Draghi was brought in to head up a cross party government with a narrow remit in February 2021. He had to get Italy vaccinated and then secure 260 billion euros ($262 billion) of post-pandemic funds from the European Union. It was a vast task for a technocrat who’d never been elected to anything — even if he was famously credited for saving the euro by promising to do “whatever it takes” in 2012.
But those targets are now hit — and way behind him. His government of unity, spanning the hard right League through the populist Internet phenomenon Five Star Movement to the traditional center left, was not created to confront today’s challenges: roaring inflation, an energy crisis, war in Europe and a looming winter of discontent with a high potential for social unrest. Not surprisingly, with this backdrop, Draghi’s reform plans have been stuttering for months, forced through time after time by confidence votes. Obscure allegiances among political parties over ties to Russia are adding to instability. Draghi’s failure to gain parliamentary backing for the presidency in January laid bare rough terrain he’s navigating. His government can’t govern if it’s consumed by internal trench warfare.
In offering his resignation to President Sergio Mattarella last week, Draghi set off a new political crisis in Rome. Mattarella rejected the resignation, but Draghi’s frustration is understandable. There are limits to the so-called “servant of the state” model — part of Italian political lore that he embodies. There’s no point in Draghi torching his gravitas, both valuable to himself, to Italy and to Europe, for a government that’s not working.
It’s a view shared by people in the business community I’ve spoken to over the past weeks who are dealing with the fallout from the rising cost of refinancing of Italy’s alarming sovereign debt of about 150% of gross domestic product. Renato Mason, a business leader in the Veneto, the powerhouse region of Italian manufacturing, told me last week, before news of the latest crisis in Rome, that the political views within the coalition were too divergent to be able to provide effective leadership to confront the risks of today.
Hindsight is always 20/20 but the Draghi exit risk was always on the horizon from the minute the former ECB boss stepped in to head up a government of unity a year into the pandemic.
In the early days of his government, I spoke with a public-affairs expert who had privately advised Draghi on occasion during his ECB tenure (hence the anonymity here), who talked to me about how important it was that Italy’s application for post pandemic funds started well. Once that was in place it was far less important that Draghi stick around.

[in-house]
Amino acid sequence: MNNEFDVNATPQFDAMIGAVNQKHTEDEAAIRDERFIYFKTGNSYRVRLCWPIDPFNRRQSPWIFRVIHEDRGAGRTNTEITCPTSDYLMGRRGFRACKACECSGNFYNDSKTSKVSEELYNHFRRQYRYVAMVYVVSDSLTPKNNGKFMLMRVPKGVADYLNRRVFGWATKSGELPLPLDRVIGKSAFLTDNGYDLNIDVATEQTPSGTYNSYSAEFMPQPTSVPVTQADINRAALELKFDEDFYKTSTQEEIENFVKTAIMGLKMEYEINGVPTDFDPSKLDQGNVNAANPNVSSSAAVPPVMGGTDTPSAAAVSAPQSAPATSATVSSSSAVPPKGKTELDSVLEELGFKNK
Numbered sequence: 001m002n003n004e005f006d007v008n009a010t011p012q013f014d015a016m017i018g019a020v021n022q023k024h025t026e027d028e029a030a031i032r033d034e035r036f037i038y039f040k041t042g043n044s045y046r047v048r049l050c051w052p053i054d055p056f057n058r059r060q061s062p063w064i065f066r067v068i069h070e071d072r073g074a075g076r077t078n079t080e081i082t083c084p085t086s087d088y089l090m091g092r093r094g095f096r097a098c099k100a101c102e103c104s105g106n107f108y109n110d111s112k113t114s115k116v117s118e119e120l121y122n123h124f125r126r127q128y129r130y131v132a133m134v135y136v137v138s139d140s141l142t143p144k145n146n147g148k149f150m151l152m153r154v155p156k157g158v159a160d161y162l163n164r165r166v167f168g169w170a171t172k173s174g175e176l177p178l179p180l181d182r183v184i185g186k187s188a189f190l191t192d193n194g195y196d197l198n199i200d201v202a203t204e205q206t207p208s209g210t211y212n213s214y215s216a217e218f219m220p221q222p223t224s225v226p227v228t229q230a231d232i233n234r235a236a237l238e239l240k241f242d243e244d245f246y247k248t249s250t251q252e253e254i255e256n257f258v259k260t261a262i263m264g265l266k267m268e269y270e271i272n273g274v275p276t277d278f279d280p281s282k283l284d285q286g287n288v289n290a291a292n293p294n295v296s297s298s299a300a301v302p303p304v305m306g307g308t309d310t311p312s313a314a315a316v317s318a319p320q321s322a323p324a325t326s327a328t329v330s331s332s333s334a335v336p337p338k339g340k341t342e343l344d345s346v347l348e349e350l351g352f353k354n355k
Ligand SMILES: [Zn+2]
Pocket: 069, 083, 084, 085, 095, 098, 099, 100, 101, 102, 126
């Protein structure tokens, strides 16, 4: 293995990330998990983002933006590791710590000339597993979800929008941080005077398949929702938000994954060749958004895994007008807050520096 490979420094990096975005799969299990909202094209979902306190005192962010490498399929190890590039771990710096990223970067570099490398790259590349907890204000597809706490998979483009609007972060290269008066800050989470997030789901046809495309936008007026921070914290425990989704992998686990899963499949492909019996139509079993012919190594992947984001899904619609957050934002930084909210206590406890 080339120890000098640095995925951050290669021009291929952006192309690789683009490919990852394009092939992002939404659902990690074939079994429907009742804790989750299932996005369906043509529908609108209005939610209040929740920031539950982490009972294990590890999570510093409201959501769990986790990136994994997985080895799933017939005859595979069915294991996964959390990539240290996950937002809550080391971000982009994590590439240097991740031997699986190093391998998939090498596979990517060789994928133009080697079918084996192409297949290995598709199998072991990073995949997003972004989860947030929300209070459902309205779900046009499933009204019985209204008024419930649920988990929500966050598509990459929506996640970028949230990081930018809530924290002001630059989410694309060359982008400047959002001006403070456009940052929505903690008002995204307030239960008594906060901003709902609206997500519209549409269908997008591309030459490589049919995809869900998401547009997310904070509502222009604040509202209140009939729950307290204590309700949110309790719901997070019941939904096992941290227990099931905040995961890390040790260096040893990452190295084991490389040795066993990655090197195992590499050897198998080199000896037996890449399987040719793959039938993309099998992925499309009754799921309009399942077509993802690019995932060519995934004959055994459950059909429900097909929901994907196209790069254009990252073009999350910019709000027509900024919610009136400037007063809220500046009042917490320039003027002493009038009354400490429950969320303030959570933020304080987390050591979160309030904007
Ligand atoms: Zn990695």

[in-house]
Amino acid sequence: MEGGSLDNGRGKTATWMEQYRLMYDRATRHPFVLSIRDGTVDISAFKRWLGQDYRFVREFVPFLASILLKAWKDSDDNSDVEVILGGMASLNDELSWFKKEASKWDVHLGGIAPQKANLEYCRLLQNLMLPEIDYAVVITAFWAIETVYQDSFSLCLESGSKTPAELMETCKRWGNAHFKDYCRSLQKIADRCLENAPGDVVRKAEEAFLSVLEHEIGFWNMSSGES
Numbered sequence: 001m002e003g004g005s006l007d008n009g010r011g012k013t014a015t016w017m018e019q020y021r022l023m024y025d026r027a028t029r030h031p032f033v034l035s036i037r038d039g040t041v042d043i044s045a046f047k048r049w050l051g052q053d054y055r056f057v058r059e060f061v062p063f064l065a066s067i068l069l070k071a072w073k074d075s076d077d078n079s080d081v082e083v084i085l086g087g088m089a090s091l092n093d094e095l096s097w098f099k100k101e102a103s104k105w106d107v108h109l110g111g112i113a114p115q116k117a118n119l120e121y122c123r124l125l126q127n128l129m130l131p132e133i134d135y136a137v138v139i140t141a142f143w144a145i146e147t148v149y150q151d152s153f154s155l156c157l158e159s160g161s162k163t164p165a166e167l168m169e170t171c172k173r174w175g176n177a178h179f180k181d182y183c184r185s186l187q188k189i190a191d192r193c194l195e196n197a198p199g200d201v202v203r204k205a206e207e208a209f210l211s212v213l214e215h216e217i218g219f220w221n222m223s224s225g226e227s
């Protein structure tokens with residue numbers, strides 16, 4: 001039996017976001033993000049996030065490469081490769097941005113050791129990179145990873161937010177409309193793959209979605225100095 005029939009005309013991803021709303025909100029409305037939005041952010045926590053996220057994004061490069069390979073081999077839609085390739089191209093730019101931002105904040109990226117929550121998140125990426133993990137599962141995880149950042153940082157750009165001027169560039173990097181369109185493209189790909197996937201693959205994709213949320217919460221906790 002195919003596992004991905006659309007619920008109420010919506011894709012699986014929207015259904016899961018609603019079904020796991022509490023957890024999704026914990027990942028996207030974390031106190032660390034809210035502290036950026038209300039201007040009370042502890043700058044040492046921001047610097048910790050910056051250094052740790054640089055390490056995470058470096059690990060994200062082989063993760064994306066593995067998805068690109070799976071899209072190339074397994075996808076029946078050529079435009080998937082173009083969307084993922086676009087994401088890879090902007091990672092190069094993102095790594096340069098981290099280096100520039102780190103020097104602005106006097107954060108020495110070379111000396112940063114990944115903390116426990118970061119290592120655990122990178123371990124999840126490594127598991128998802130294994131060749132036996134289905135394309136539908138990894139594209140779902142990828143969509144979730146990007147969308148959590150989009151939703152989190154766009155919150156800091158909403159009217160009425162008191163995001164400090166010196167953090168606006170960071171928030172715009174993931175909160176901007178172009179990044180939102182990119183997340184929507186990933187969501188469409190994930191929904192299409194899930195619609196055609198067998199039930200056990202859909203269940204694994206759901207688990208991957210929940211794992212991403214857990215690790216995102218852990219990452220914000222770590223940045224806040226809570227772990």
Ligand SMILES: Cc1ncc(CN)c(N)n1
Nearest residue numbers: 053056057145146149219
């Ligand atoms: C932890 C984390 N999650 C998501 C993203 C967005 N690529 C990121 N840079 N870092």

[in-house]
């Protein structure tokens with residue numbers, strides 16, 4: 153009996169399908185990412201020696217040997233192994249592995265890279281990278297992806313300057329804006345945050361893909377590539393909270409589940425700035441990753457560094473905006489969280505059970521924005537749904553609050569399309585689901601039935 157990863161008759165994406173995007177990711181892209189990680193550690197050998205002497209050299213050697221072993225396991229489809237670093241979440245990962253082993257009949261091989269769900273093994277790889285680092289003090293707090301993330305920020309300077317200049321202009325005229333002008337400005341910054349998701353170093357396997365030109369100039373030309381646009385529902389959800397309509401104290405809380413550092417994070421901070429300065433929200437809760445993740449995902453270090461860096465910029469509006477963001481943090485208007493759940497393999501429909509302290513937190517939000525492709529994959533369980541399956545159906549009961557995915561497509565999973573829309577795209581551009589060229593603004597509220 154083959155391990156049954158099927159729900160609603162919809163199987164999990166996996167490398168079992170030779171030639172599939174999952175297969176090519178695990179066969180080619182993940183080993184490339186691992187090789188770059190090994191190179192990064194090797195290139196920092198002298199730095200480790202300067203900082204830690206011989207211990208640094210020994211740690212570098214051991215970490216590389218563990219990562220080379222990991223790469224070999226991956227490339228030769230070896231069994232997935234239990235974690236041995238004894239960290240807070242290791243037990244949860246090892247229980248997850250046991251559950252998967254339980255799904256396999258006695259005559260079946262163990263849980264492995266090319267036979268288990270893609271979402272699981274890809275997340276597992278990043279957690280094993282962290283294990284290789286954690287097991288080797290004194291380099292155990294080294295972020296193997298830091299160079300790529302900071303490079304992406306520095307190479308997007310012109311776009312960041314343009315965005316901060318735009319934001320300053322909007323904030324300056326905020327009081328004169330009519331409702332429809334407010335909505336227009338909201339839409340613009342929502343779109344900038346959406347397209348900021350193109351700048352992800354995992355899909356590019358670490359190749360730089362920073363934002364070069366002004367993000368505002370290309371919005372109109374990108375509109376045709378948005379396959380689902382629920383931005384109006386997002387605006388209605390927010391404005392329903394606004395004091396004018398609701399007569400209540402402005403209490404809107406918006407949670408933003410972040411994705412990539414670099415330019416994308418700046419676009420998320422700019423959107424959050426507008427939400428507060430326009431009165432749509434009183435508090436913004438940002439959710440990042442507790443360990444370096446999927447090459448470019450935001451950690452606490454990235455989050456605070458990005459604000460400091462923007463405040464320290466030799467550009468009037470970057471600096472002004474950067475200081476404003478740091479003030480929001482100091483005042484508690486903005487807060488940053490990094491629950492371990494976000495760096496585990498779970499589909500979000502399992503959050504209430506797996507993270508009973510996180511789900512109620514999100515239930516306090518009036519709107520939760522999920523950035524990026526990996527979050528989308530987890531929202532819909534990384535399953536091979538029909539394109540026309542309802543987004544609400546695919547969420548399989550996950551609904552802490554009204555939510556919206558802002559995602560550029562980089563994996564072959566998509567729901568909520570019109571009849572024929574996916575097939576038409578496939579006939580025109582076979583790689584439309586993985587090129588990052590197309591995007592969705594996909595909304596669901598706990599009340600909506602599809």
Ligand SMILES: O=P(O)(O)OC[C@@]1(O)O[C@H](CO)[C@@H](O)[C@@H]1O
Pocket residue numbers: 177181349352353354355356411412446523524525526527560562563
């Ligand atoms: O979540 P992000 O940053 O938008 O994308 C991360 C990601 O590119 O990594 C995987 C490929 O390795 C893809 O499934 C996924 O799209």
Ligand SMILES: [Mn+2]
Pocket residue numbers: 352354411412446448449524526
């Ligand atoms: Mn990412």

While I was skeptical about that view at the time, now it seems clear. Italy’s recovery funds and policies are now baked in until 2026. The strictures to the disbursement of funds mean Brussels (and Berlin) will maintain a tight hold on Italy: Whichever politicians head into Palazzo Chigi next will want to keep the money flowing. Crucial too, Draghi has in place functionaries through the civil service to see that they run smoothly.
And democracy in Italy is demanding to be defended. It’s high time Italians went to vote again. At the latest, it will have to be by spring next year. The Five Star Movement, the main party in the coalition, no longer exists today. Its members have immolated the movement they created by splitting into separate groups in their struggle to redefine themselves at time when the main totems of its existence — ecological transition, anti-corruption, human rights — have become mainstream.
The risk is that national elections will shepherd in a government led by far-right leader Giorgia Meloni of the opposition Brothers of Italy. Polls indicate Brothers of Italy, and the center-left will each win around 21% or 22% of the votes if national elections were called today. A right-wing government becomes most likely if Meloni teams up with Matteo Salvini’s League and Silvio Berlusconi’s Forza Italia, which are today predicted to win 15% and 9% of the vote respectively.
But that coalition’s not a given. For one, Meloni and Salvini are openly antagonistic. Intriguingly, Meloni has also already starting softening her positions with a clear eye to power. She is more pro-Europe than the League. A June meeting held by Brothers of Italy in Milan signaled her desire to become closer to the establishment, and the money of Italy’s wealthy north, and a deliberate encroachment on League territory.
Local elections in the Veneto earlier this month showed the center-left Democratic Party led by the Francophile Enrico Letta making unheard of upsets in Salvini’s stronghold. If that translates into national polls then it cannot be ruled out that no single political group emerge victor, demanding Mattarella bless the creation of another cross-party coalition.
In that scenario, Draghi can come back to head up a new government with a stronger mandate. A political crisis in Rome may well spur the ECB into decisive action too, which would contain market fears that Italy’s gargantuan debt will destabilize the eurozone.
In whatever case, it’s unlikely Draghi will disappear from view when the current government goes the way of all Italian governments. Apart from a second mandate in Rome, potential jobs at the International Monetary Fund, NATO or the European Commission may beckon — all with oversight of Italy in their remit.
But before then, it’s high time for Italian people to have their say.
More From This Writer and Others at Bloomberg Opinion:
• A Euro Warning Worth Heeding From Italy: Lionel Laurent
• Draghi Turmoil Is Bad News for Italy and Europe: Maria Tadeo
• Johnson Exits But Damage to the UK Will Linger: Max Hastings
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